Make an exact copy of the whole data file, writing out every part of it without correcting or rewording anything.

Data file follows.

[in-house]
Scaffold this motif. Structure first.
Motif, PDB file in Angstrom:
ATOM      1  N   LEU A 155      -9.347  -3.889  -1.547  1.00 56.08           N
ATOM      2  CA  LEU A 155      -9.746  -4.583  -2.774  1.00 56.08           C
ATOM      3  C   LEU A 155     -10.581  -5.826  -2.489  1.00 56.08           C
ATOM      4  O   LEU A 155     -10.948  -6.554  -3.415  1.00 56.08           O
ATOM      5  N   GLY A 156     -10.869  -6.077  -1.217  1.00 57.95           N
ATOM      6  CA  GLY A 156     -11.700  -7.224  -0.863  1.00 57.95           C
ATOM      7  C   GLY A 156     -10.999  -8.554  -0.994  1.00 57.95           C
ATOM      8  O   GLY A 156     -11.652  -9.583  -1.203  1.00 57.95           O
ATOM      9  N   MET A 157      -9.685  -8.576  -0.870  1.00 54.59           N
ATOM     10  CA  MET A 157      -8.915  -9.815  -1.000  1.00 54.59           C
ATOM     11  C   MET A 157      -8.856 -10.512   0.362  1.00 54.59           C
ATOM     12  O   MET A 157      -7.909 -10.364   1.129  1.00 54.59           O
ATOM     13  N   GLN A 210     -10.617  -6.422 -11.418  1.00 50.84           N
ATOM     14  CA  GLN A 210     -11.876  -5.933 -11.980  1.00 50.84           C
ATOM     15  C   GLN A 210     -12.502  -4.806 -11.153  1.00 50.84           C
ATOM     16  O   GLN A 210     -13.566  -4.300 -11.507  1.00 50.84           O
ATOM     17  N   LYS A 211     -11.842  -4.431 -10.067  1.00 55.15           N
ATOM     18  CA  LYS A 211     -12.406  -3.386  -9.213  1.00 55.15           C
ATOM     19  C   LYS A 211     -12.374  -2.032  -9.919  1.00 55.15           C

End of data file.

[in-house]
Scaffold this motif. Structure first.
Motif, PDB file in Angstrom:
ATOM      1  N   LEU A 155      -9.347  -3.889  -1.547  1.00 56.08           N
ATOM      2  CA  LEU A 155      -9.746  -4.583  -2.774  1.00 56.08           C
ATOM      3  C   LEU A 155     -10.581  -5.826  -2.489  1.00 56.08           C
ATOM      4  O   LEU A 155     -10.948  -6.554  -3.415  1.00 56.08           O
ATOM      5  N   GLY A 156     -10.869  -6.077  -1.217  1.00 57.95           N
ATOM      6  CA  GLY A 156     -11.700  -7.224  -0.863  1.00 57.95           C
ATOM      7  C   GLY A 156     -10.999  -8.554  -0.994  1.00 57.95           C
ATOM      8  O   GLY A 156     -11.652  -9.583  -1.203  1.00 57.95           O
ATOM      9  N   MET A 157      -9.685  -8.576  -0.870  1.00 54.59           N
ATOM     10  CA  MET A 157      -8.915  -9.815  -1.000  1.00 54.59           C
ATOM     11  C   MET A 157      -8.856 -10.512   0.362  1.00 54.59           C
ATOM     12  O   MET A 157      -7.909 -10.364   1.129  1.00 54.59           O
ATOM     13  N   GLN A 210     -10.617  -6.422 -11.418  1.00 50.84           N
ATOM     14  CA  GLN A 210     -11.876  -5.933 -11.980  1.00 50.84           C
ATOM     15  C   GLN A 210     -12.502  -4.806 -11.153  1.00 50.84           C
ATOM     16  O   GLN A 210     -13.566  -4.300 -11.507  1.00 50.84           O
ATOM     17  N   LYS A 211     -11.842  -4.431 -10.067  1.00 55.15           N
ATOM     18  CA  LYS A 211     -12.406  -3.386  -9.213  1.00 55.15           C
ATOM     19  C   LYS A 211     -12.374  -2.032  -9.919  1.00 55.15           C